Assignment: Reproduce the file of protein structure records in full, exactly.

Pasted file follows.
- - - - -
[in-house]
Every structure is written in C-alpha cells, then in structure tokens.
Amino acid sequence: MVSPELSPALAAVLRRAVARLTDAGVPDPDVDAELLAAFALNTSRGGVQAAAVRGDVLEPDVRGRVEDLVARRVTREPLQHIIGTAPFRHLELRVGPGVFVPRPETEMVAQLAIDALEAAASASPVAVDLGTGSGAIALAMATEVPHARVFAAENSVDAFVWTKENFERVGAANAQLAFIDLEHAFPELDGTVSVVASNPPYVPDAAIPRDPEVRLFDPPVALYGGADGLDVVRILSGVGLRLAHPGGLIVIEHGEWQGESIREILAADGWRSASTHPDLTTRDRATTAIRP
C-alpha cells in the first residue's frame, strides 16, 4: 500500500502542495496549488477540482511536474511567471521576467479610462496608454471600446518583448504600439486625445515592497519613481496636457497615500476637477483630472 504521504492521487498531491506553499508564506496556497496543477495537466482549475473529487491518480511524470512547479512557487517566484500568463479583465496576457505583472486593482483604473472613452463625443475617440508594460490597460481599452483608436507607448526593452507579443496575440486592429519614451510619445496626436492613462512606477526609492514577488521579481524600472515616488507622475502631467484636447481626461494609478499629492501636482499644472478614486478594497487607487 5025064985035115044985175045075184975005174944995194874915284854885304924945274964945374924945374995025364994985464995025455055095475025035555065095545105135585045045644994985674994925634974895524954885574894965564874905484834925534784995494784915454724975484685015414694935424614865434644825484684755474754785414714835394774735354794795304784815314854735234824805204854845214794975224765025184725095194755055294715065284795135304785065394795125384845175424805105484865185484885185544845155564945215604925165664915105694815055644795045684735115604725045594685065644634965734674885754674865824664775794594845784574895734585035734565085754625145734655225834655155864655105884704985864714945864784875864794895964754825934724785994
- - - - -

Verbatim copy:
[in-house]
Every structure is written in C-alpha cells, then in structure tokens.
Amino acid sequence: MVSPELSPALAAVLRRAVARLTDAGVPDPDVDAELLAAFALNTSRGGVQAAAVRGDVLEPDVRGRVEDLVARRVTREPLQHIIGTAPFRHLELRVGPGVFVPRPETEMVAQLAIDALEAAASASPVAVDLGTGSGAIALAMATEVPHARVFAAENSVDAFVWTKENFERVGAANAQLAFIDLEHAFPELDGTVSVVASNPPYVPDAAIPRDPEVRLFDPPVALYGGADGLDVVRILSGVGLRLAHPGGLIVIEHGEWQGESIREILAADGWRSASTHPDLTTRDRATTAIRP
C-alpha cells in the first residue's frame, strides 16, 4: 500500500502542495496549488477540482511536474511567471521576467479610462496608454471600446518583448504600439486625445515592497519613481496636457497615500476637477483630472 504521504492521487498531491506553499508564506496556497496543477495537466482549475473529487491518480511524470512547479512557487517566484500568463479583465496576457505583472486593482483604473472613452463625443475617440508594460490597460481599452483608436507607448526593452507579443496575440486592429519614451510619445496626436492613462512606477526609492514577488521579481524600472515616488507622475502631467484636447481626461494609478499629492501636482499644472478614486478594497487607487 5025064985035115044985175045075184975005174944995194874915284854885304924945274964945374924945374995025364994985464995025455055095475025035555065095545105135585045045644994985674994925634974895524954885574894965564874905484834925534784995494784915454724975484685015414694935424614865434644825484684755474754785414714835394774735354794795304784815314854735234824805204854845214794975224765025184725095194755055294715065284795135304785065394795125384845175424805105484865185484885185544845155564945215604925165664915105694815055644795045684735115604725045594685065644634965734674885754674865824664775794594845784574895734585035734565085754625145734655225834655155864655105884704985864714945864784875864794895964754825934724785994